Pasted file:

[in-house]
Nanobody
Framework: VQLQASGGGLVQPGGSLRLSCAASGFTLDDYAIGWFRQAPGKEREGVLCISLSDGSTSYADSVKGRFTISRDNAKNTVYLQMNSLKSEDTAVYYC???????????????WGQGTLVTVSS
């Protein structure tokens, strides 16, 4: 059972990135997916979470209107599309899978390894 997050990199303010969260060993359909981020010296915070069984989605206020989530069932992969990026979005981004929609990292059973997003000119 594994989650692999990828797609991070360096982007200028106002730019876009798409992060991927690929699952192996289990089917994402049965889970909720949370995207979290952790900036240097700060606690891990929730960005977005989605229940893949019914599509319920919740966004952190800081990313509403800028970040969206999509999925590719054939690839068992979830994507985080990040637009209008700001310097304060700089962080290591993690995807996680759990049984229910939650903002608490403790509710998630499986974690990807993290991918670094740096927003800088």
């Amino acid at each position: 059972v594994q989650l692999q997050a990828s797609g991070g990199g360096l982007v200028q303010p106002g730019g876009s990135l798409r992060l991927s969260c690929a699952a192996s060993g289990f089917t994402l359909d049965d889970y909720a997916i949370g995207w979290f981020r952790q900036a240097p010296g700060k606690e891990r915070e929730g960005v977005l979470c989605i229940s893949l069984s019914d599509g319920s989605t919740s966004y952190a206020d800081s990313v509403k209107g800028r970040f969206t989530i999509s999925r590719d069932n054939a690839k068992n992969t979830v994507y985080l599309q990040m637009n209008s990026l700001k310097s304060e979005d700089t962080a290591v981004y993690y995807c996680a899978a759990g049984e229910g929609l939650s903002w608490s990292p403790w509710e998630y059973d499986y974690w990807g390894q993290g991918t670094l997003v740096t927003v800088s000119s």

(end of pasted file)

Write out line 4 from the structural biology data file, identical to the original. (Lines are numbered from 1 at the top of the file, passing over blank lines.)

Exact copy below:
């Protein structure tokens, strides 16, 4: 059972990135997916979470209107599309899978390894 997050990199303010969260060993359909981020010296915070069984989605206020989530069932992969990026979005981004929609990292059973997003000119 594994989650692999990828797609991070360096982007200028106002730019876009798409992060991927690929699952192996289990089917994402049965889970909720949370995207979290952790900036240097700060606690891990929730960005977005989605229940893949019914599509319920919740966004952190800081990313509403800028970040969206999509999925590719054939690839068992979830994507985080990040637009209008700001310097304060700089962080290591993690995807996680759990049984229910939650903002608490403790509710998630499986974690990807993290991918670094740096927003800088």